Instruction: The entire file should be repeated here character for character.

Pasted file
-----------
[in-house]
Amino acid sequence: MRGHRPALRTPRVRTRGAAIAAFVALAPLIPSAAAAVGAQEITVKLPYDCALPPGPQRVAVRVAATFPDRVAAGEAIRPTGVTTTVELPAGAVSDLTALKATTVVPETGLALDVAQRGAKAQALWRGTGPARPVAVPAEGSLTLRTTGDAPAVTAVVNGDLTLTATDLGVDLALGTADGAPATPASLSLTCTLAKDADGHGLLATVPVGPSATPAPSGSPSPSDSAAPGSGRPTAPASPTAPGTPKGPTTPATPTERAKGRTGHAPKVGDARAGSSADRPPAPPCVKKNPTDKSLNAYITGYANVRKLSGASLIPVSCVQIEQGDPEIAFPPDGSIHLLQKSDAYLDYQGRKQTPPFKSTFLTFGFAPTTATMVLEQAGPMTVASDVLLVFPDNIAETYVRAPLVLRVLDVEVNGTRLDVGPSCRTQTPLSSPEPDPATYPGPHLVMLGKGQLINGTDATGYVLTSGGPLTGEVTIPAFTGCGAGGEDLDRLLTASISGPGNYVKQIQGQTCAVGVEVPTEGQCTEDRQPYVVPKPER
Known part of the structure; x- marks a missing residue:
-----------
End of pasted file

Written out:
[in-house]
Amino acid sequence: MRGHRPALRTPRVRTRGAAIAAFVALAPLIPSAAAAVGAQEITVKLPYDCALPPGPQRVAVRVAATFPDRVAAGEAIRPTGVTTTVELPAGAVSDLTALKATTVVPETGLALDVAQRGAKAQALWRGTGPARPVAVPAEGSLTLRTTGDAPAVTAVVNGDLTLTATDLGVDLALGTADGAPATPASLSLTCTLAKDADGHGLLATVPVGPSATPAPSGSPSPSDSAAPGSGRPTAPASPTAPGTPKGPTTPATPTERAKGRTGHAPKVGDARAGSSADRPPAPPCVKKNPTDKSLNAYITGYANVRKLSGASLIPVSCVQIEQGDPEIAFPPDGSIHLLQKSDAYLDYQGRKQTPPFKSTFLTFGFAPTTATMVLEQAGPMTVASDVLLVFPDNIAETYVRAPLVLRVLDVEVNGTRLDVGPSCRTQTPLSSPEPDPATYPGPHLVMLGKGQLINGTDATGYVLTSGGPLTGEVTIPAFTGCGAGGEDLDRLLTASISGPGNYVKQIQGQTCAVGVEVPTEGQCTEDRQPYVVPKPER
Known part of the structure; x- marks a missing residue: